Homily for the second Sunday of the year

Year B - Jn. 1:35-42


by

Father Daniel Meynen
 
 

"The next day again John was standing with two of his disciples; and he looked at Jesus as he walked, and said, 'Behold, the Lamb of God!' The two disciples heard him say this, and they followed Jesus. Jesus turned, and saw them following, and said to them, 'What do you seek?' And they said to him, 'Rabbi' (which means Teacher), 'where are you staying?' He said to them, 'Come and see.' They came and saw where he was staying; and they stayed with him that day, for it was about the tenth hour.


"One of the two who heard John speak, and followed him, was Andrew, Simon Peter's brother. He first found his brother Simon, and said to him, 'We have found the Messiah' (which means Christ). He brought him to Jesus. Jesus looked at him, and said, 'So you are Simon the son of John? You shall be called Cephas' (which means Peter)."





Homily:


"The next day again John was standing with two of his disciples; and he looked at Jesus as he walked, and said, 'Behold, the Lamb of God!' "


He who would deepen his understanding of the Church - if indeed it is possible to grasp all the concepts involved in such a mystery which, like every mystery, surpasses human intelligence - has in this Sunday's gospel a truly inexhaustible source. And with reason, for Saint John, the narrator, speaks to us here of the first meeting of Andrew, probably accompanied by John himself, and the Messiah: Jesus of Nazareth, who had just been baptized by John the Baptist. Saint John then describes the meeting between Jesus and Simon, he who would thereafter be known as Cephas, an Aramaic term which means "rock", in the material sense of the word.


There is no doubt about it: we are here at the very source of the entire Mystery of the Church, the edifice which the Spirit of God builds, day after day, setting in its place each of the "living stones" mentioned at a later time by the great Apostle in his first epistle (cf. 1 Peter 2:5). Certainly, the Church of God is, before anything else, spiritual, but she is constituted of men and women, each of whom is composed of a soul and a body. Certainly, God is Spirit, but Jesus, who has risen from the dead, did not come to save only the soul of every man and woman: he came to earth the first time so that, at the end of time, he could return a second time to resurrect all bodies, some of them to enjoy eternal glory, and others to undergo endless ignominy...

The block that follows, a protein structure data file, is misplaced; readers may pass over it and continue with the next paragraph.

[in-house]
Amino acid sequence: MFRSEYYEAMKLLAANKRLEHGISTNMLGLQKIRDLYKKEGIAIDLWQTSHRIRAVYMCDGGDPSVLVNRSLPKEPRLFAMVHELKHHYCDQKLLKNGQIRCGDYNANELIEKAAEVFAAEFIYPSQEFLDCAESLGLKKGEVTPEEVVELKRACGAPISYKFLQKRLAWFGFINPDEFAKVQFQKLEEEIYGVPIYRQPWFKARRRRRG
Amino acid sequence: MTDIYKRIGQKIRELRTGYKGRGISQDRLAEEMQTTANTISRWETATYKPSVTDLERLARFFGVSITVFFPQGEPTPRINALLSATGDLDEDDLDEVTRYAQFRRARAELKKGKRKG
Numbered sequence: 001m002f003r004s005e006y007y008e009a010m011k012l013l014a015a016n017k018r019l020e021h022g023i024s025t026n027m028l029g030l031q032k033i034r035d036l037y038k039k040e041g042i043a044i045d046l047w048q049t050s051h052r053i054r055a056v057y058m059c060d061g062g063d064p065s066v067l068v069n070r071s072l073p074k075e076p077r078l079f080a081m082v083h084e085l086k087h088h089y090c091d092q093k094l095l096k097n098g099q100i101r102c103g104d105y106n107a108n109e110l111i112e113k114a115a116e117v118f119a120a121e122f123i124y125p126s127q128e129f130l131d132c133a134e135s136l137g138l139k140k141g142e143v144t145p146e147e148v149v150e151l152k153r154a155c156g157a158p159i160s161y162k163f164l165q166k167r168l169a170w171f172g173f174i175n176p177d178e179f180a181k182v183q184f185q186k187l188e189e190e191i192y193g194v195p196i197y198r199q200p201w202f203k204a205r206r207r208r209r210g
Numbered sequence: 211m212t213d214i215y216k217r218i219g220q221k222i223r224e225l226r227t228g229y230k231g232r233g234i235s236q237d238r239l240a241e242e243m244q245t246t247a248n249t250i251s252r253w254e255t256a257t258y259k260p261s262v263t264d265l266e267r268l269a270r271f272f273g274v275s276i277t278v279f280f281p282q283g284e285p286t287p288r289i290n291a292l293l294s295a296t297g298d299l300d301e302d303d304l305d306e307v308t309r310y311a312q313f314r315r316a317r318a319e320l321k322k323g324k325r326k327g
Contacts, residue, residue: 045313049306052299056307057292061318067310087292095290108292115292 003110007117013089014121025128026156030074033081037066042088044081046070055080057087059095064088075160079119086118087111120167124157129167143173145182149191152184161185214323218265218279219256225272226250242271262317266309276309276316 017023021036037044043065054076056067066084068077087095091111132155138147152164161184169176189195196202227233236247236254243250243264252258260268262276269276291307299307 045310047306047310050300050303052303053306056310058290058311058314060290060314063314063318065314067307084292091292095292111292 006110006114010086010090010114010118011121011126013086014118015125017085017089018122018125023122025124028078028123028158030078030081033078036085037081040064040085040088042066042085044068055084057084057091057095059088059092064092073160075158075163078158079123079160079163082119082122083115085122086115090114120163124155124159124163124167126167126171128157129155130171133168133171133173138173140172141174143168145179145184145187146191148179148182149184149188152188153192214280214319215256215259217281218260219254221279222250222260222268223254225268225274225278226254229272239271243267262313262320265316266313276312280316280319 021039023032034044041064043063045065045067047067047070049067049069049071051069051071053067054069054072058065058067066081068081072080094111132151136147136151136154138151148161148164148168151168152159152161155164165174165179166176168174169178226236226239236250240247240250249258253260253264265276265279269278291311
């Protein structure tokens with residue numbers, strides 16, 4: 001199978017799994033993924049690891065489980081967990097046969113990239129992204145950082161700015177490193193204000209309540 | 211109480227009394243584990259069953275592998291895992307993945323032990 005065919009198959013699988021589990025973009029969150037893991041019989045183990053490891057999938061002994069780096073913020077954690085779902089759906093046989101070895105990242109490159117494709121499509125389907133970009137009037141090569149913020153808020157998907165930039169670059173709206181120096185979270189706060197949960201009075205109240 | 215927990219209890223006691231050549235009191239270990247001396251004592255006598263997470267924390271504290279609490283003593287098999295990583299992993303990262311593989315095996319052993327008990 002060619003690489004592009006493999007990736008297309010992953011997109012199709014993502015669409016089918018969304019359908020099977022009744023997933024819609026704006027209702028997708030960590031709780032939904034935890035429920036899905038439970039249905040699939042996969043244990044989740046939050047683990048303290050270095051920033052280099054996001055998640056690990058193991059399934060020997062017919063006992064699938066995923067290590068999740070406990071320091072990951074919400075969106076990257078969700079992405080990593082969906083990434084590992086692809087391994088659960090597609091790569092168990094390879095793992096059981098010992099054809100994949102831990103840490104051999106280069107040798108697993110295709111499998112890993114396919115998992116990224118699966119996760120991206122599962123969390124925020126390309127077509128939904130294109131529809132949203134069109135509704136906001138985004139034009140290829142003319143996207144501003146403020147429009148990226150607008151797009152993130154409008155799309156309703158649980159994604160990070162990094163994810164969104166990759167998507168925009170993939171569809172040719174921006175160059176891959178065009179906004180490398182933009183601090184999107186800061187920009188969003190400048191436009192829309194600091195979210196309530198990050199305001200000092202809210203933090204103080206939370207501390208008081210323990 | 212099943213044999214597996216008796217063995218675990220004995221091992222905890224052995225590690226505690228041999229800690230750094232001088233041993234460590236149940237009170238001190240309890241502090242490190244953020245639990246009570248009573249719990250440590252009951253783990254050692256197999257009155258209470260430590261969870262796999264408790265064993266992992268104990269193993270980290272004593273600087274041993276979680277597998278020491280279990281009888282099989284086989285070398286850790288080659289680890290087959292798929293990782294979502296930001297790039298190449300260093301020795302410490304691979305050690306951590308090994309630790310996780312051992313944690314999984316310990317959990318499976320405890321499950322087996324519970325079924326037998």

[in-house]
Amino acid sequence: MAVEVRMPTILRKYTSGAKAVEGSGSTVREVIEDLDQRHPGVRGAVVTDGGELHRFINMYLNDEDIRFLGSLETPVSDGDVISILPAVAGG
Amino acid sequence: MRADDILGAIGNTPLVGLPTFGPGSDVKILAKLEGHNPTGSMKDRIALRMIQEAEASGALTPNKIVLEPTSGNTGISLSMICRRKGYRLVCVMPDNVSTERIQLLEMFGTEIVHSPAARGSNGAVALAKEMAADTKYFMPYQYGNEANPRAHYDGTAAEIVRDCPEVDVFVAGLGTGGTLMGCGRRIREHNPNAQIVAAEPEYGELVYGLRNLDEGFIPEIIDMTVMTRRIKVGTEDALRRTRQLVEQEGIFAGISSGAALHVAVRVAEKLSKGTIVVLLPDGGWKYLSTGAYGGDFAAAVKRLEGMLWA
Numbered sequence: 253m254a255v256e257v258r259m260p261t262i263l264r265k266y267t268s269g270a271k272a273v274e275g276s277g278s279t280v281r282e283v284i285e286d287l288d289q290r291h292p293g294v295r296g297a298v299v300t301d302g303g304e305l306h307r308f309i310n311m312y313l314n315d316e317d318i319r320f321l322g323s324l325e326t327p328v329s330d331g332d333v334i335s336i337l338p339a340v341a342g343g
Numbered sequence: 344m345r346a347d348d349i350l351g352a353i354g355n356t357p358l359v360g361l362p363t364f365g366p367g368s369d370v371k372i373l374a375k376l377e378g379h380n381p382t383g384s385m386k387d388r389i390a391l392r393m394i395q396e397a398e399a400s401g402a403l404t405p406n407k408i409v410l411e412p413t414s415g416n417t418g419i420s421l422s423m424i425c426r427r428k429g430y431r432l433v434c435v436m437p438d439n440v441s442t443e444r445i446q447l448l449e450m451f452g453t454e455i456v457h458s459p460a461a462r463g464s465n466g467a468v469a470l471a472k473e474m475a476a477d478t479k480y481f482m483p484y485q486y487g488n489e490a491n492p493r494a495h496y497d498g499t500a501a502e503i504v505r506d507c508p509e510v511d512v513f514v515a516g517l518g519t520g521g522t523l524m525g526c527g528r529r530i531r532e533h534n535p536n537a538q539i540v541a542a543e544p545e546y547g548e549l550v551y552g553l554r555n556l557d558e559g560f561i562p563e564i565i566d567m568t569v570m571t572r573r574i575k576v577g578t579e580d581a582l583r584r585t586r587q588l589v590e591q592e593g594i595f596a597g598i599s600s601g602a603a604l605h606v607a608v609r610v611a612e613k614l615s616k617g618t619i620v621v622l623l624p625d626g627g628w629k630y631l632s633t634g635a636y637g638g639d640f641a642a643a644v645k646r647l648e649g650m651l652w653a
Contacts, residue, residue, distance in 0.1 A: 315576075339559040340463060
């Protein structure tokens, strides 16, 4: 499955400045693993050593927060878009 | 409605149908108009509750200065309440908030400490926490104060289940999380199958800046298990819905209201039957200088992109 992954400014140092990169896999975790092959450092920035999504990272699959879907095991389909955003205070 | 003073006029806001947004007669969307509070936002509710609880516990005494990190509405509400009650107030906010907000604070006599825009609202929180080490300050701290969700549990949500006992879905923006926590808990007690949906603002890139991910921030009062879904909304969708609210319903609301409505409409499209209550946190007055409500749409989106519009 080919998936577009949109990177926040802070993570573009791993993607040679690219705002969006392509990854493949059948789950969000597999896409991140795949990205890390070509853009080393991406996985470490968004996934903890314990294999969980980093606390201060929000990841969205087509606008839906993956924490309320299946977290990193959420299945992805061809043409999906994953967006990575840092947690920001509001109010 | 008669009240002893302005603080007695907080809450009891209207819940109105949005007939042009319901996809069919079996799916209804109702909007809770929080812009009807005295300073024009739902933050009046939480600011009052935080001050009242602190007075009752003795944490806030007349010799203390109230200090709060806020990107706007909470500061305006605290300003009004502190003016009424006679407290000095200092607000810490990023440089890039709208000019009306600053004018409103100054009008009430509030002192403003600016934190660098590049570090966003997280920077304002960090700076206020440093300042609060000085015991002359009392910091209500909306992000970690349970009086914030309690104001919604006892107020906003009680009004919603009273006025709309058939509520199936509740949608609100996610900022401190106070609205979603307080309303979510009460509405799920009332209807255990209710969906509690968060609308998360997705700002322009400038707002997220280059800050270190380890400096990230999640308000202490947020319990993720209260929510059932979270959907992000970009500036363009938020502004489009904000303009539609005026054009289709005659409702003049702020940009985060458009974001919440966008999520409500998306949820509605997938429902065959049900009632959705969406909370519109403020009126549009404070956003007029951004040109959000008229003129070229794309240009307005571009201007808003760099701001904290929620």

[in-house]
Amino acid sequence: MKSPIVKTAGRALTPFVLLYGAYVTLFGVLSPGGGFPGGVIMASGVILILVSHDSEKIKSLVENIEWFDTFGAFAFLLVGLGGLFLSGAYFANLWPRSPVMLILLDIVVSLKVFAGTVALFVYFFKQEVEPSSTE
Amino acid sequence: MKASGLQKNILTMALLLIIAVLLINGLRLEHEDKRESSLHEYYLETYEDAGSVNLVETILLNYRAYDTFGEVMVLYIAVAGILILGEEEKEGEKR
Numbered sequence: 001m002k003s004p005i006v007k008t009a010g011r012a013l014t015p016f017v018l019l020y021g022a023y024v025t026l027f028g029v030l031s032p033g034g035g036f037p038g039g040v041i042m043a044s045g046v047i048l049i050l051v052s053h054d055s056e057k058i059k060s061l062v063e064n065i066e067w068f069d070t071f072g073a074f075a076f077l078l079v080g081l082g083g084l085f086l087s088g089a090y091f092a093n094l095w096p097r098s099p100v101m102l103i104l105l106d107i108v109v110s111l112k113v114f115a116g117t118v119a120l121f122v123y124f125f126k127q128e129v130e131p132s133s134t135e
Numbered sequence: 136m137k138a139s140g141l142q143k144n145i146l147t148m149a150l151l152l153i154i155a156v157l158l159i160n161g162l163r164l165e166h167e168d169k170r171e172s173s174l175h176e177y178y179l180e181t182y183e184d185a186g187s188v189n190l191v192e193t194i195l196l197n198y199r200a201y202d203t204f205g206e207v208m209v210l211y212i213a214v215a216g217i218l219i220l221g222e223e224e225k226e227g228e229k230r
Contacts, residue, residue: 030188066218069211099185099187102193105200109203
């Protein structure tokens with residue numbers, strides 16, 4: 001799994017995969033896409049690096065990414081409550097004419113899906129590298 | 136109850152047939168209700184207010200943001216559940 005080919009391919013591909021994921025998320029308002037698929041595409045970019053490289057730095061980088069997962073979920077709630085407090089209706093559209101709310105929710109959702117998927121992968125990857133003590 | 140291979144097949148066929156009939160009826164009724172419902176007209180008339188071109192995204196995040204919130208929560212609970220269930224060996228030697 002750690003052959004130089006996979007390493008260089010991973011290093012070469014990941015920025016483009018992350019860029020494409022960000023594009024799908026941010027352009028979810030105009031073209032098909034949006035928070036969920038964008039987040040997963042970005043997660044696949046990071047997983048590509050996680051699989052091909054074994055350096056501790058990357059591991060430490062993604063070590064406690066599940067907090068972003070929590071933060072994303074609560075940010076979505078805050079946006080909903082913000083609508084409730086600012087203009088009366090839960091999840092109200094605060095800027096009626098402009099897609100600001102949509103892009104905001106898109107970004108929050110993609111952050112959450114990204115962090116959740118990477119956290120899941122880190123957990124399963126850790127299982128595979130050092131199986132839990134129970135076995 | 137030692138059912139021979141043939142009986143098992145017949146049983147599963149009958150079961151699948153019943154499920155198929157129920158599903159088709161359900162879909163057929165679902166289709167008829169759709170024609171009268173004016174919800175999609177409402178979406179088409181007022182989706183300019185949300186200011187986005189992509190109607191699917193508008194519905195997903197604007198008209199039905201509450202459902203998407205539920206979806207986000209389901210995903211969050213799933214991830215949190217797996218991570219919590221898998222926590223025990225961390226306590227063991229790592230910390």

It is this corporeal dimension of salvation in Jesus Christ which John the Baptist sets in relief when he declares, speaking of the Messiah, "Behold, the Lamb of God." We hear this same expression each time that we participate in the Eucharist and the celebrant presents to us the Sacred Host: "This is the Lamb of God who takes away the sins of the world." Surely, the primary sense of these words refers to the Passion of the Lord, that painful trial announced by the Prophet Isaiah when he spoke of the suffering Messiah: "He was oppressed, and he was afflicted, yet he opened not his mouth; like a lamb that is led to the slaughter..." (Is. 53:7) But we cannot dissociate the Passion of Jesus from his Resurrection. Jesus is the ever-living Lamb who resurrects our bodies! How often do not the prayers after communion speak of the health of the soul and the body which the sacrament of the Eucharist has just given us?